Oct 28 2019

Beirut Arts Programs Halted Amid Protests

by Chloe Chu

*Originally posted October 21, 2019.

Installation view of “On Water, Rosemary and Mercury,” at Home Works 7, Ashkal Alwan, Beirut, 2015. Photo by Marwan Tahtah. Courtesy Ashkal Alwan.

Arts platforms in Beirut closed their doors on October 18 due to anti-government protests. The nationwide unrest was sparked on October 17, when the Lebanese government announced that it would impose taxes on calls made over WhatsApp and other mobile applications. This was further fuelled by citizens’ long-simmering frustrations with the endemic corruption of the ruling elite, as well as the nation’s crumbling economy. 

Among those that suspended their programs was nonprofit Ashkal Alwan, which has presented the multidisciplinary forum Home Works since 2002. About the 2019 edition of the event, originally scheduled to run from October 17 to 27, the organization stated in a Facebook post: “Ashkal Alwan fully supports the ongoing strikes and protests taking place across the country against unjust tax hikes, successive government failures, and our increasingly dire economic conditions. For this reason, all events scheduled to take place on Friday, October 18 as part of the 8th edition of Home Works are postponed indefinitely.” The exhibitions of Home Works, hosted at various venues including the Beirut Art Center, Nicolas Ibrahim Sursock Museum, and Platform 39, were shuttered as well.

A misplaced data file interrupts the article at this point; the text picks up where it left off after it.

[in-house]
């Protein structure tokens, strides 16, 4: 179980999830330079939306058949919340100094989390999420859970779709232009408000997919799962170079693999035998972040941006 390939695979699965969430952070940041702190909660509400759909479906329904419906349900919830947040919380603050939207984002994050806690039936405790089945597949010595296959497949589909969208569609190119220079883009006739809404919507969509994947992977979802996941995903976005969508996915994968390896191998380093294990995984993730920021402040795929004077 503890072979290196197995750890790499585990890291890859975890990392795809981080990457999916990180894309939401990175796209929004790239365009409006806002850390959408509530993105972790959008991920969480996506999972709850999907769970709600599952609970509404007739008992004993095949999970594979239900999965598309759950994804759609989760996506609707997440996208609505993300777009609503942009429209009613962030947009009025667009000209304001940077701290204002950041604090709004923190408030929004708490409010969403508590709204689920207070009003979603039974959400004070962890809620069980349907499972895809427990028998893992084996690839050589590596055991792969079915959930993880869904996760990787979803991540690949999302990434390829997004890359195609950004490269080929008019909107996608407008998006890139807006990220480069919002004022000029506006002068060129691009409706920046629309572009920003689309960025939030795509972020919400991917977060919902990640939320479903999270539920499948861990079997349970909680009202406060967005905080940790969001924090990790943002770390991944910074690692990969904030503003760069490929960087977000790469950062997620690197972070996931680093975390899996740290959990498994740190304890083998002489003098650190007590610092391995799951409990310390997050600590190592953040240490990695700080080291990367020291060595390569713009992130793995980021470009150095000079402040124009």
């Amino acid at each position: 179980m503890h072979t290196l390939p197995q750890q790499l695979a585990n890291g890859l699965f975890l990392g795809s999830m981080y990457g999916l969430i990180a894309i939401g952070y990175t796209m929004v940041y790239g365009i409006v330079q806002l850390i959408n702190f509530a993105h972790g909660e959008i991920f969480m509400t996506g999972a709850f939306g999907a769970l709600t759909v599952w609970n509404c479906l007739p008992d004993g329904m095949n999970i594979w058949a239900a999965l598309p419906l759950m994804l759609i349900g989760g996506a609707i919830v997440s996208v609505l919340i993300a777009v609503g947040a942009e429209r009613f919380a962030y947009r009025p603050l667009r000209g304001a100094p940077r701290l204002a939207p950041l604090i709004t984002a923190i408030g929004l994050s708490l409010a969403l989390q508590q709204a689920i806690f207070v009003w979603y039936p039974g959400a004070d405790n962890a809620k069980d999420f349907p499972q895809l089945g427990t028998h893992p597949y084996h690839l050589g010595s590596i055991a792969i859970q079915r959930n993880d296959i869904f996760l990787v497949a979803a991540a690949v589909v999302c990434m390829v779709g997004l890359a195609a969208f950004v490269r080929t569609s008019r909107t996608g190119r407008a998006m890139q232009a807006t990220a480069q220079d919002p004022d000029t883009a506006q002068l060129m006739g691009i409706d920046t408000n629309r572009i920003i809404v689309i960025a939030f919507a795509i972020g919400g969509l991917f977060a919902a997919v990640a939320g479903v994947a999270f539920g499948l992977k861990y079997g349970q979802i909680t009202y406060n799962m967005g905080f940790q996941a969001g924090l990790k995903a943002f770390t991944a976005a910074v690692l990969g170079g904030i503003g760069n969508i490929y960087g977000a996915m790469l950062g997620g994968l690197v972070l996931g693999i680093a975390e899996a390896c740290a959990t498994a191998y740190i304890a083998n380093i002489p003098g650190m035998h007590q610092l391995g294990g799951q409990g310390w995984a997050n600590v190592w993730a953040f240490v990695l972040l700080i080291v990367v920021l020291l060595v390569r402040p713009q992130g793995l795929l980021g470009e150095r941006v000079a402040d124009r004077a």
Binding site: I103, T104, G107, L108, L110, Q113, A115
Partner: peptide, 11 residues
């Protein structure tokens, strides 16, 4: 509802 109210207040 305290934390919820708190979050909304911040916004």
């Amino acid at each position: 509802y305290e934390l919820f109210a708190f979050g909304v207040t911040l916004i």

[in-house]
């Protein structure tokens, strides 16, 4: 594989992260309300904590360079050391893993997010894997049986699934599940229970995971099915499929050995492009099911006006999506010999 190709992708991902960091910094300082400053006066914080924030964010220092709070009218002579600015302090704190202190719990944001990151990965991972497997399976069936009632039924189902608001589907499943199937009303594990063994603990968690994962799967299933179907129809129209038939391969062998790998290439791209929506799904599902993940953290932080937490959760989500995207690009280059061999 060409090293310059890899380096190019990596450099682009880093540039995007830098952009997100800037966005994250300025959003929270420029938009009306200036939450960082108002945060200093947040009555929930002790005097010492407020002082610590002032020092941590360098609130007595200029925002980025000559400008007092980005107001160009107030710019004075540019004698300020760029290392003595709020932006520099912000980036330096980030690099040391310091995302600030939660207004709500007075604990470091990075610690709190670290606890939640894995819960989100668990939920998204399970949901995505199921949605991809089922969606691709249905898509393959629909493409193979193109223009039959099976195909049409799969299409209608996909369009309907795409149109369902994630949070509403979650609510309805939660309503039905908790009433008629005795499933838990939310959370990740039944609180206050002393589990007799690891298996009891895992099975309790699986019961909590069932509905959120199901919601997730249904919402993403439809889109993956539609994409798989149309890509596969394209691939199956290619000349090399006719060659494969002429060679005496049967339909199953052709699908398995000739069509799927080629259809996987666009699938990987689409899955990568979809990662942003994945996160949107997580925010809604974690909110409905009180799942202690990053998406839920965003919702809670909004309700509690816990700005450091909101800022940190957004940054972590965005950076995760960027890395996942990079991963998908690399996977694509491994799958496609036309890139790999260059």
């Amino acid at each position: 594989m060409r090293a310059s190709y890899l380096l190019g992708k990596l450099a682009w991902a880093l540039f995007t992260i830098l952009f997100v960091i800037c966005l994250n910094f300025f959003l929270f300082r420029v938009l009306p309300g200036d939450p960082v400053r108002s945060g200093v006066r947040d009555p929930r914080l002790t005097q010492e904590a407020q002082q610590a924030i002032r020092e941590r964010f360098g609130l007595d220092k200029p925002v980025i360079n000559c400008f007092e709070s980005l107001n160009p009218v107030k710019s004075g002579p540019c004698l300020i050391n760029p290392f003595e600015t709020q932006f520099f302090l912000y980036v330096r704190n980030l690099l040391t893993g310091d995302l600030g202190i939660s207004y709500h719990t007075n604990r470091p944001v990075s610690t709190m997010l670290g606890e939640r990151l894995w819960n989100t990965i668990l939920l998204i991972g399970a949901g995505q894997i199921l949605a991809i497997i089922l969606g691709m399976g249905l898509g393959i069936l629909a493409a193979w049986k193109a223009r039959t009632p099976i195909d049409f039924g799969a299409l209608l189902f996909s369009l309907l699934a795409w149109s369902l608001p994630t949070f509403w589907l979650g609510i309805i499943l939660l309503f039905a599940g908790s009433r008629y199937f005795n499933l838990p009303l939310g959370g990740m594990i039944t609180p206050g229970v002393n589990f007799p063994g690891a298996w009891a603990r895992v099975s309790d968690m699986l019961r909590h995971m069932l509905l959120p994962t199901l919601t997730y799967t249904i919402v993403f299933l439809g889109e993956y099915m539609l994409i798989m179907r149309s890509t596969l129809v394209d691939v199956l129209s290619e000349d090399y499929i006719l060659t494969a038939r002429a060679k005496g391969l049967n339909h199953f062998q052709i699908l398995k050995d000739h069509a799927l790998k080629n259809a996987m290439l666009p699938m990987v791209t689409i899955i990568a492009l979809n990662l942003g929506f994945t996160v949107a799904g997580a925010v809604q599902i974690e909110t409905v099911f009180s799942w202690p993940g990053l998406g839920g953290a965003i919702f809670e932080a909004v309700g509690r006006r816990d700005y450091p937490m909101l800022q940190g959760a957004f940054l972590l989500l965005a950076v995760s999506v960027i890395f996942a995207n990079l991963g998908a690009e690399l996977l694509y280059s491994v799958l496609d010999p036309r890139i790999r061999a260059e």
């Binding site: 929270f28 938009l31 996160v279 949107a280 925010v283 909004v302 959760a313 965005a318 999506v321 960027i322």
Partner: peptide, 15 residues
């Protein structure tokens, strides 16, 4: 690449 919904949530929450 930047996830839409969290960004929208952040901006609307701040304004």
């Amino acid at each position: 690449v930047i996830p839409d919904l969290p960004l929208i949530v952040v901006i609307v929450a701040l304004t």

On October 21, after also suspending Home Works over the weekend, Ashkal Alwan announced that the program was indefinitely postponed. “Our artistic, intellectual, and organizational energy will be redirected towards the achievement of our hopes and aspirations, the possibility of which is being granted to us by a momentum that should be seized at any cost,” the statement read.

The protests have likewise affected the capital’s commercial galleries, such as Marfa’, which announced on Instagram that it would be closed until further notice, commencing October 19. That same day, Hamburg and Beirut-based Sfeir-Semler Gallery also issued an email stating that its Beirut branch would be temporarily shut, and that the tour of multimedia artist Lawrence Abu Hamdan’s solo exhibition “Natq,” slated to be led by Abu Hamdan on October 19, was cancelled.

A statement calling for cultural organizations to join a mass strike was later published on October 25. As of October 28, there are 37 signatories who are committed to the action. The basic operations of these organizations will be maintained; otherwise, staff are free to join the protests. The signatories include: Arab Image Foundation, The Arab Fund for Arts and Culture, Beirut Art Center, Sursock Museum, Ashkal Alwan, and Metropolis Art Cinema.

The uprisings are ongoing in Lebanon. On October 27, thousands of protesters joined hands to form a human chain stretching over 170 kilometers—a showing of unity across religious and political sects in a country that has historically been divided along these lines.

Chloe Chu is the managing editor of ArtAsiaPacific.

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